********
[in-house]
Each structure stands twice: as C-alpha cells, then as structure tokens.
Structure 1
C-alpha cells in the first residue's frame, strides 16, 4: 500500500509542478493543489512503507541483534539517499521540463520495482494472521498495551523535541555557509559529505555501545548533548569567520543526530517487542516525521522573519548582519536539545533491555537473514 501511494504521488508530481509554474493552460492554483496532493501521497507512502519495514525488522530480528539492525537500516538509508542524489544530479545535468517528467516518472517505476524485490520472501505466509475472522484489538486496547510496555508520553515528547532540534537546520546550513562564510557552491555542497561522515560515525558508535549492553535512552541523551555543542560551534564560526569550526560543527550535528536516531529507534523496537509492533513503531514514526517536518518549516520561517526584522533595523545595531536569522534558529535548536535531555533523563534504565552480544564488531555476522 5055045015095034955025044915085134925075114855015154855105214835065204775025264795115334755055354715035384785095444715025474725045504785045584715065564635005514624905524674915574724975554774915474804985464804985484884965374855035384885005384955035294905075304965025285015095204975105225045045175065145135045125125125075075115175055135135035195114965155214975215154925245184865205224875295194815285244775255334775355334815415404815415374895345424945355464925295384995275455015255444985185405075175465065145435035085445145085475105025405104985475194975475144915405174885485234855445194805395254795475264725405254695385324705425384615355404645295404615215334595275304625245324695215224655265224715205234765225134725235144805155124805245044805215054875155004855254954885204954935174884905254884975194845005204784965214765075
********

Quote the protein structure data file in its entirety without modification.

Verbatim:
[in-house]
Each structure stands twice: as C-alpha cells, then as structure tokens.
Structure 1
C-alpha cells in the first residue's frame, strides 16, 4: 500500500509542478493543489512503507541483534539517499521540463520495482494472521498495551523535541555557509559529505555501545548533548569567520543526530517487542516525521522573519548582519536539545533491555537473514 501511494504521488508530481509554474493552460492554483496532493501521497507512502519495514525488522530480528539492525537500516538509508542524489544530479545535468517528467516518472517505476524485490520472501505466509475472522484489538486496547510496555508520553515528547532540534537546520546550513562564510557552491555542497561522515560515525558508535549492553535512552541523551555543542560551534564560526569550526560543527550535528536516531529507534523496537509492533513503531514514526517536518518549516520561517526584522533595523545595531536569522534558529535548536535531555533523563534504565552480544564488531555476522 5055045015095034955025044915085134925075114855015154855105214835065204775025264795115334755055354715035384785095444715025474725045504785045584715065564635005514624905524674915574724975554774915474804985464804985484884965374855035384885005384955035294905075304965025285015095204975105225045045175065145135045125125125075075115175055135135035195114965155214975215154925245184865205224875295194815285244775255334775355334815415404815415374895345424945355464925295384995275455015255444985185405075175465065145435035085445145085475105025405104985475194975475144915405174885485234855445194805395254795475264725405254695385324705425384615355404645295404615215334595275304625245324695215224655265224715205234765225134725235144805155124805245044805215054875155004855254954885204954935174884905254884975194845005204784965214765075